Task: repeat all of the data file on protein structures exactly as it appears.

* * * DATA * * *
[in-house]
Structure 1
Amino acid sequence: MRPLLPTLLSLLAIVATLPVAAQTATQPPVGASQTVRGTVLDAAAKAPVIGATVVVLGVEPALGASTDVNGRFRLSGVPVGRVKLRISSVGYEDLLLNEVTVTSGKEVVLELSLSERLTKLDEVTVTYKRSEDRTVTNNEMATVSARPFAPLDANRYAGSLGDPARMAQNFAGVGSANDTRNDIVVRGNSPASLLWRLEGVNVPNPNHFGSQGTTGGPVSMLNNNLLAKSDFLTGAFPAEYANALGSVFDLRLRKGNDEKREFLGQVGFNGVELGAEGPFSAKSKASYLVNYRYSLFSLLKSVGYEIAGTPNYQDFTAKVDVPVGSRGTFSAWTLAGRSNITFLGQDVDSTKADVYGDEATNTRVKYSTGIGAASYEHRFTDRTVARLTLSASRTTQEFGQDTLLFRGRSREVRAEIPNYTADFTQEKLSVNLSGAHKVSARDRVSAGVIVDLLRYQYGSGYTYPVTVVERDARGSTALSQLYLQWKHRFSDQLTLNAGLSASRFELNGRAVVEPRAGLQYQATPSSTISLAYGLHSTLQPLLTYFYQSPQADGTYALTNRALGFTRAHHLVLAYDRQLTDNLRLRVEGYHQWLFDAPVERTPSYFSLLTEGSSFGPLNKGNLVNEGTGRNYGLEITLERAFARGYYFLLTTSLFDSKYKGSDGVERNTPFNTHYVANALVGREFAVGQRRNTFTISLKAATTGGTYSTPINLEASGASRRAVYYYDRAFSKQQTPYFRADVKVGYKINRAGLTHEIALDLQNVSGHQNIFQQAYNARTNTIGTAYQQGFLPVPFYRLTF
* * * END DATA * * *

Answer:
[in-house]
Structure 1
Amino acid sequence: MRPLLPTLLSLLAIVATLPVAAQTATQPPVGASQTVRGTVLDAAAKAPVIGATVVVLGVEPALGASTDVNGRFRLSGVPVGRVKLRISSVGYEDLLLNEVTVTSGKEVVLELSLSERLTKLDEVTVTYKRSEDRTVTNNEMATVSARPFAPLDANRYAGSLGDPARMAQNFAGVGSANDTRNDIVVRGNSPASLLWRLEGVNVPNPNHFGSQGTTGGPVSMLNNNLLAKSDFLTGAFPAEYANALGSVFDLRLRKGNDEKREFLGQVGFNGVELGAEGPFSAKSKASYLVNYRYSLFSLLKSVGYEIAGTPNYQDFTAKVDVPVGSRGTFSAWTLAGRSNITFLGQDVDSTKADVYGDEATNTRVKYSTGIGAASYEHRFTDRTVARLTLSASRTTQEFGQDTLLFRGRSREVRAEIPNYTADFTQEKLSVNLSGAHKVSARDRVSAGVIVDLLRYQYGSGYTYPVTVVERDARGSTALSQLYLQWKHRFSDQLTLNAGLSASRFELNGRAVVEPRAGLQYQATPSSTISLAYGLHSTLQPLLTYFYQSPQADGTYALTNRALGFTRAHHLVLAYDRQLTDNLRLRVEGYHQWLFDAPVERTPSYFSLLTEGSSFGPLNKGNLVNEGTGRNYGLEITLERAFARGYYFLLTTSLFDSKYKGSDGVERNTPFNTHYVANALVGREFAVGQRRNTFTISLKAATTGGTYSTPINLEASGASRRAVYYYDRAFSKQQTPYFRADVKVGYKINRAGLTHEIALDLQNVSGHQNIFQQAYNARTNTIGTAYQQGFLPVPFYRLTF